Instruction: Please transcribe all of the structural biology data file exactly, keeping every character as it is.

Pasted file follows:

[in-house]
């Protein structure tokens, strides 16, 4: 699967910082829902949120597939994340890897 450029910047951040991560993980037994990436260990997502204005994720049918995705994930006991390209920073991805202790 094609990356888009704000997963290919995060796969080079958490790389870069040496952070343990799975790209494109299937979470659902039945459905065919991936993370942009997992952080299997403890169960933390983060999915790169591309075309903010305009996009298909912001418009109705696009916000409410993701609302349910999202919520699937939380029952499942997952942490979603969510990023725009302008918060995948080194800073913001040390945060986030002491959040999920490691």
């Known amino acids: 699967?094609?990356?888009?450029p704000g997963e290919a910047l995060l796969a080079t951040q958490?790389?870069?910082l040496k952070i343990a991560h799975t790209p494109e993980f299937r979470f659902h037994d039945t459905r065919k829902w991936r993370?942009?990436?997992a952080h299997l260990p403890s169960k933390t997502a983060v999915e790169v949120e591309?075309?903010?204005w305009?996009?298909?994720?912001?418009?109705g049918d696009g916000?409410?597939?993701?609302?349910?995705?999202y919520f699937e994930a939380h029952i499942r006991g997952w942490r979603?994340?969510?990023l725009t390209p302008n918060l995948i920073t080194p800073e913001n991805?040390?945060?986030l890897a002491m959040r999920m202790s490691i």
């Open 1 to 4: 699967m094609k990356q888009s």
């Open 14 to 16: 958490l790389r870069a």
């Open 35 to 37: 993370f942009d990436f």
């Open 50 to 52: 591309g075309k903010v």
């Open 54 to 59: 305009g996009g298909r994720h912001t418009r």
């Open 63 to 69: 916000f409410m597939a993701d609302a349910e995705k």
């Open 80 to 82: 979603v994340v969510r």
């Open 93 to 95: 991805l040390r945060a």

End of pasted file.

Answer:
[in-house]
């Protein structure tokens, strides 16, 4: 699967910082829902949120597939994340890897 450029910047951040991560993980037994990436260990997502204005994720049918995705994930006991390209920073991805202790 094609990356888009704000997963290919995060796969080079958490790389870069040496952070343990799975790209494109299937979470659902039945459905065919991936993370942009997992952080299997403890169960933390983060999915790169591309075309903010305009996009298909912001418009109705696009916000409410993701609302349910999202919520699937939380029952499942997952942490979603969510990023725009302008918060995948080194800073913001040390945060986030002491959040999920490691």
């Known amino acids: 699967?094609?990356?888009?450029p704000g997963e290919a910047l995060l796969a080079t951040q958490?790389?870069?910082l040496k952070i343990a991560h799975t790209p494109e993980f299937r979470f659902h037994d039945t459905r065919k829902w991936r993370?942009?990436?997992a952080h299997l260990p403890s169960k933390t997502a983060v999915e790169v949120e591309?075309?903010?204005w305009?996009?298909?994720?912001?418009?109705g049918d696009g916000?409410?597939?993701?609302?349910?995705?999202y919520f699937e994930a939380h029952i499942r006991g997952w942490r979603?994340?969510?990023l725009t390209p302008n918060l995948i920073t080194p800073e913001n991805?040390?945060?986030l890897a002491m959040r999920m202790s490691i």
């Open 1 to 4: 699967m094609k990356q888009s």
């Open 14 to 16: 958490l790389r870069a």
């Open 35 to 37: 993370f942009d990436f």
């Open 50 to 52: 591309g075309k903010v």
């Open 54 to 59: 305009g996009g298909r994720h912001t418009r």
């Open 63 to 69: 916000f409410m597939a993701d609302a349910e995705k």
């Open 80 to 82: 979603v994340v969510r």
């Open 93 to 95: 991805l040390r945060a």